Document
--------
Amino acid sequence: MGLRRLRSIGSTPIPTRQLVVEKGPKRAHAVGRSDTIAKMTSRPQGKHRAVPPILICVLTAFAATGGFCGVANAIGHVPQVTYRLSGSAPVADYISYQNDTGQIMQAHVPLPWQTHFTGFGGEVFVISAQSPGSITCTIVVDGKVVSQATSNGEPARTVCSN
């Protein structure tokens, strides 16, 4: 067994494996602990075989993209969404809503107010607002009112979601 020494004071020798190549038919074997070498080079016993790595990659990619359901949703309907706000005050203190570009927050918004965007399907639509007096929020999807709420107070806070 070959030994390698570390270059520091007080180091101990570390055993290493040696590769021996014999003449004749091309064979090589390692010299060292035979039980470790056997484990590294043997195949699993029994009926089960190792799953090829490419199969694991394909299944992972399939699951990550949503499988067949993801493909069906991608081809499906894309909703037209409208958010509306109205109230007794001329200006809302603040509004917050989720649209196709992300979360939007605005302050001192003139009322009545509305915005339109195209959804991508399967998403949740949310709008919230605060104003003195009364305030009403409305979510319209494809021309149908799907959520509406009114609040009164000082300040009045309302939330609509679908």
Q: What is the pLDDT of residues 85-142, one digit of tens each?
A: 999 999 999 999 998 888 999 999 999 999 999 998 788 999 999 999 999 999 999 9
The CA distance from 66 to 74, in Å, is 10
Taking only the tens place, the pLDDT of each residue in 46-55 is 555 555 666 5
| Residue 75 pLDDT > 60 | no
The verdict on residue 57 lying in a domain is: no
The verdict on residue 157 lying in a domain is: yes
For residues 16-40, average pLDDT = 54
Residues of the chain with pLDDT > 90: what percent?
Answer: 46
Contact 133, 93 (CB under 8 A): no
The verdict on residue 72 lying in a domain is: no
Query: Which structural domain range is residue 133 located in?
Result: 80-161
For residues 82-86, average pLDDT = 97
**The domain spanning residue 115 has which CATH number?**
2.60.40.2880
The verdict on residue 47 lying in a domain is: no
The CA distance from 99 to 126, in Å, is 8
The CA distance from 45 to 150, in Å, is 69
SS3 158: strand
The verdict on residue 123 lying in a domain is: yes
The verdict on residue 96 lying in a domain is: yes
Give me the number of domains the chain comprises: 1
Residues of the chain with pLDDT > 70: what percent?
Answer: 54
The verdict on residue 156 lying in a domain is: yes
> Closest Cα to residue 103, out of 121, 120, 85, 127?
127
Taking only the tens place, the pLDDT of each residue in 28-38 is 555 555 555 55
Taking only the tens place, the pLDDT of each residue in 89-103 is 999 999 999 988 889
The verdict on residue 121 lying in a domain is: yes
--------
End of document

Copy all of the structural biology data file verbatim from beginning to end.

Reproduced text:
Amino acid sequence: MGLRRLRSIGSTPIPTRQLVVEKGPKRAHAVGRSDTIAKMTSRPQGKHRAVPPILICVLTAFAATGGFCGVANAIGHVPQVTYRLSGSAPVADYISYQNDTGQIMQAHVPLPWQTHFTGFGGEVFVISAQSPGSITCTIVVDGKVVSQATSNGEPARTVCSN
């Protein structure tokens, strides 16, 4: 067994494996602990075989993209969404809503107010607002009112979601 020494004071020798190549038919074997070498080079016993790595990659990619359901949703309907706000005050203190570009927050918004965007399907639509007096929020999807709420107070806070 070959030994390698570390270059520091007080180091101990570390055993290493040696590769021996014999003449004749091309064979090589390692010299060292035979039980470790056997484990590294043997195949699993029994009926089960190792799953090829490419199969694991394909299944992972399939699951990550949503499988067949993801493909069906991608081809499906894309909703037209409208958010509306109205109230007794001329200006809302603040509004917050989720649209196709992300979360939007605005302050001192003139009322009545509305915005339109195209959804991508399967998403949740949310709008919230605060104003003195009364305030009403409305979510319209494809021309149908799907959520509406009114609040009164000082300040009045309302939330609509679908």
Q: What is the pLDDT of residues 85-142, one digit of tens each?
A: 999 999 999 999 998 888 999 999 999 999 999 998 788 999 999 999 999 999 999 9
The CA distance from 66 to 74, in Å, is 10
Taking only the tens place, the pLDDT of each residue in 46-55 is 555 555 666 5
| Residue 75 pLDDT > 60 | no
The verdict on residue 57 lying in a domain is: no
The verdict on residue 157 lying in a domain is: yes
For residues 16-40, average pLDDT = 54
Residues of the chain with pLDDT > 90: what percent?
Answer: 46
Contact 133, 93 (CB under 8 A): no
The verdict on residue 72 lying in a domain is: no
Query: Which structural domain range is residue 133 located in?
Result: 80-161
For residues 82-86, average pLDDT = 97
**The domain spanning residue 115 has which CATH number?**
2.60.40.2880
The verdict on residue 47 lying in a domain is: no
The CA distance from 99 to 126, in Å, is 8
The CA distance from 45 to 150, in Å, is 69
SS3 158: strand
The verdict on residue 123 lying in a domain is: yes
The verdict on residue 96 lying in a domain is: yes
Give me the number of domains the chain comprises: 1
Residues of the chain with pLDDT > 70: what percent?
Answer: 54
The verdict on residue 156 lying in a domain is: yes
> Closest Cα to residue 103, out of 121, 120, 85, 127?
127
Taking only the tens place, the pLDDT of each residue in 28-38 is 555 555 555 55
Taking only the tens place, the pLDDT of each residue in 89-103 is 999 999 999 988 889
The verdict on residue 121 lying in a domain is: yes